Monday , November 28, 2022

As Its ACH Traffic Climbs Rapidly, Paya Manages a ‘Very Strong’ M&A Pipeline

Payments on the automated clearing house network  have been gliding upward for some time, allowing processors that handle ACH volume to tap into that growth. On Monday, Paya Holdings Inc. showed it’s among the beneficiaries.

ACH volume for Atlanta-based Paya reached $3.5 billion in last year’s fourth quarter, up fully 46% from the first quarter, the company reported. That means ACH business now accounts for nearly 40% of Paya’s volume, up from a 32% share in the first quarter of 2020. Card activity, at $5.7 billion, made up the remainder of the company’s $9.2 billion in total dollar volume for the December quarter.

Much of that ACH momentum stems from what Jeff Hack, Paya’s chief executive, termed “the largest [client] win in Paya’s history” during a conference call to discuss the company’s fourth-quarter results. And the growth flowing from the signing of the unnamed client apparently has room to run, according to Glenn Renzulli, chief financial officer. “The first quarter will see some benefit from this full ACH conversion,” he told equity analysts on the call.

Hack: “Being a public company has been a very clear positive for Paya.”

Paya, whose clients include government entities, health-care providers, non-profits, and educational institutions, is also clearly relying on an active acquisition strategy. “The M&A pipeline looks very strong,” said chief executive Jeff Hack, without going into details. “There are a lot of great smaller businesses out there that need to be part of a company like Paya.”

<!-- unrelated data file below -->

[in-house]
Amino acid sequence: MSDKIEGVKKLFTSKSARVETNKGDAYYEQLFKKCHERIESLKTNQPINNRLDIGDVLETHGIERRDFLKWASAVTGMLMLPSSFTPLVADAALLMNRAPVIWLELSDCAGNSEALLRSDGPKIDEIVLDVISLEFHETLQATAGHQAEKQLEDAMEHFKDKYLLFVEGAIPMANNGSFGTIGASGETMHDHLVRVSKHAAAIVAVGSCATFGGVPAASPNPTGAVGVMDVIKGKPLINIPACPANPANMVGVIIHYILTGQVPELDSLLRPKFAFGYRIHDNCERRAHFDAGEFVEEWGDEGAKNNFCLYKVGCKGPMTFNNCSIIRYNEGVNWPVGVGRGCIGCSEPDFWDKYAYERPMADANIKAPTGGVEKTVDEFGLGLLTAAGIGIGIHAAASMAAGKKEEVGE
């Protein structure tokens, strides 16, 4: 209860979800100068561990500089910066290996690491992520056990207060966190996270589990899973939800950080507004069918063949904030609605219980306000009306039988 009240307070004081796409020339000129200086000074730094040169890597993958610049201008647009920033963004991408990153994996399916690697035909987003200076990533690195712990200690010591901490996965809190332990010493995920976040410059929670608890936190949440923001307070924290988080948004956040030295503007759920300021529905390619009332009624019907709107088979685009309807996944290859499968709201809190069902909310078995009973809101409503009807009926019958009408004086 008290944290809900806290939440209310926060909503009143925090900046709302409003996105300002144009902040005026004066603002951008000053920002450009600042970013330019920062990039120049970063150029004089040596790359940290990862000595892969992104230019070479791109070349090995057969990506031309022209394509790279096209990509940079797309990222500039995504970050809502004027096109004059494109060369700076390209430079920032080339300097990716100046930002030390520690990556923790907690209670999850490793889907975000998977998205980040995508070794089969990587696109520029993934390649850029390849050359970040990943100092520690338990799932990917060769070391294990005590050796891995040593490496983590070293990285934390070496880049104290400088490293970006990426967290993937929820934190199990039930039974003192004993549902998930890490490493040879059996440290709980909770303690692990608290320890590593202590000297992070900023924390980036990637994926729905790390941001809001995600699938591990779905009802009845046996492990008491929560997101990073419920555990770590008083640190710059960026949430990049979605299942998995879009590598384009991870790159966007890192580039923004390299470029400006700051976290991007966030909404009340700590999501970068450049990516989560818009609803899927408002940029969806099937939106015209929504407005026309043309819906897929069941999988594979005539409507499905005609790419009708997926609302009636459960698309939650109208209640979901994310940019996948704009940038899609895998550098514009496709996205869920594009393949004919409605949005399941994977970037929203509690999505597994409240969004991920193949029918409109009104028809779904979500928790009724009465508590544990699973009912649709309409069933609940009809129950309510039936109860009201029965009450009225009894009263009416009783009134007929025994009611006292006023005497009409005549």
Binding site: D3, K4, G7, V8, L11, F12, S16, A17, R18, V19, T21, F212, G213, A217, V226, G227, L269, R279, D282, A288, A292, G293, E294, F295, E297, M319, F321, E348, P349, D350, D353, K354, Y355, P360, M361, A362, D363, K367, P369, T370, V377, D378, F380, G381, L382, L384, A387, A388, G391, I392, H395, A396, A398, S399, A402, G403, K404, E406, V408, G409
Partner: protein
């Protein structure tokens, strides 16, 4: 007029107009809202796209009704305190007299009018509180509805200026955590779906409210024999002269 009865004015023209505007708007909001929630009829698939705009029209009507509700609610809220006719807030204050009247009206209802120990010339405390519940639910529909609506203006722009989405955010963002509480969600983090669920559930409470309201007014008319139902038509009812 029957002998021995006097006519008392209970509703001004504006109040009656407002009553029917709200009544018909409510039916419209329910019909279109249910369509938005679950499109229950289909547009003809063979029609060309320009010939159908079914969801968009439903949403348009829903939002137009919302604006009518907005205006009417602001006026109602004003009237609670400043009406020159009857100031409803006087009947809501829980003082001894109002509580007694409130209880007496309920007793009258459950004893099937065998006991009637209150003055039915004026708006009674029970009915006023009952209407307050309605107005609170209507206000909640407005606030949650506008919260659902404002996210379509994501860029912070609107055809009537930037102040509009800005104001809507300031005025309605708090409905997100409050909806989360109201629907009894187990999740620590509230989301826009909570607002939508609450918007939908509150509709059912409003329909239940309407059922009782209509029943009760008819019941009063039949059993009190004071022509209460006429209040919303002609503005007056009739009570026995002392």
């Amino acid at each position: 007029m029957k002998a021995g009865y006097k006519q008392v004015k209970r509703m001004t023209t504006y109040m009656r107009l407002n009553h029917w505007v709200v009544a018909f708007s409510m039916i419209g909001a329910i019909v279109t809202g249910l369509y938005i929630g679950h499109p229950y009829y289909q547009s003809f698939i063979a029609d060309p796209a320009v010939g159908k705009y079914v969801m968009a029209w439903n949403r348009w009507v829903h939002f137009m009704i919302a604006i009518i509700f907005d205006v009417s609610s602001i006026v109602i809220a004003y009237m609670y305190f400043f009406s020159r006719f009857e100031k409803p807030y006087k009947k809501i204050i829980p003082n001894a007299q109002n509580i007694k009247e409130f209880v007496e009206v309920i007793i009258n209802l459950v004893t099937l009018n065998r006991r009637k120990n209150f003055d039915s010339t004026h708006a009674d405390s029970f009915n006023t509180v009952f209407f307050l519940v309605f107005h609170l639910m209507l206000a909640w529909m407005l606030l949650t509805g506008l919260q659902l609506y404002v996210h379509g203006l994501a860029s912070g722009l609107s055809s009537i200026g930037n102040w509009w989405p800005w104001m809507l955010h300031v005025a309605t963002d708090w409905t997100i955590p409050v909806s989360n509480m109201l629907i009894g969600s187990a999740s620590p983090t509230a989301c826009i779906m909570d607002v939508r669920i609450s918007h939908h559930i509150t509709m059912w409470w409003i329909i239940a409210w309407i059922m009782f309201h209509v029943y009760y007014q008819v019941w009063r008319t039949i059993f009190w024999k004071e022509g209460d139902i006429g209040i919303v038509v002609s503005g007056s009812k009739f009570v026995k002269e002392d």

The company’s acquisitiveness stems from the economies of scale additional volume can bring, along with the urge to build out vertical markets. One of Paya’s latest deals was for The Payment Group (TPG), which expanded the company’s reach in the market for processing transactions for city services. “We were already strong in municipalities, but TPG brought us a big opportunity,” Hack said.

“We pursue opportunities in each of the verticals,” Hack added. “We pursue all the sectors that make sense for us enthusiastically.”

Paya’s momentum among potential clients and in M&A got a jolt last fall when it went public via a merger with a so-called blank-check company, Fintech Acquisition Corp. III, according to Hack. These mergers, which are becoming more numerous in payments, allow privately held firms to avoid a traditional public offering by undergoing an acquisition by a special purpose acquisition company, or SPAC, that has already become a public entity. “Being a public company has been a very clear positive for Paya,” said Hack. 

Paya’s business supports transaction processing directly but also through integrations with software developers, known as independent software vendors, or ISVs. The ISV segment, however, is both larger and more profitable for Paya. In the fourth quarter, it generated $32.4 million in revenue, with gross profit of $17.3 million. By contrast, the payment-services side of the business produced revenue of $21.6 million, with $10 million in profit, according to numbers released Monday.

For the quarter, Paya registered $54 million in revenue, up 5% year-over-year. For the year, revenue totaled $206 million, up slightly from 2019. The company trimmed its net loss to $500,000 from $9 million in 2019.

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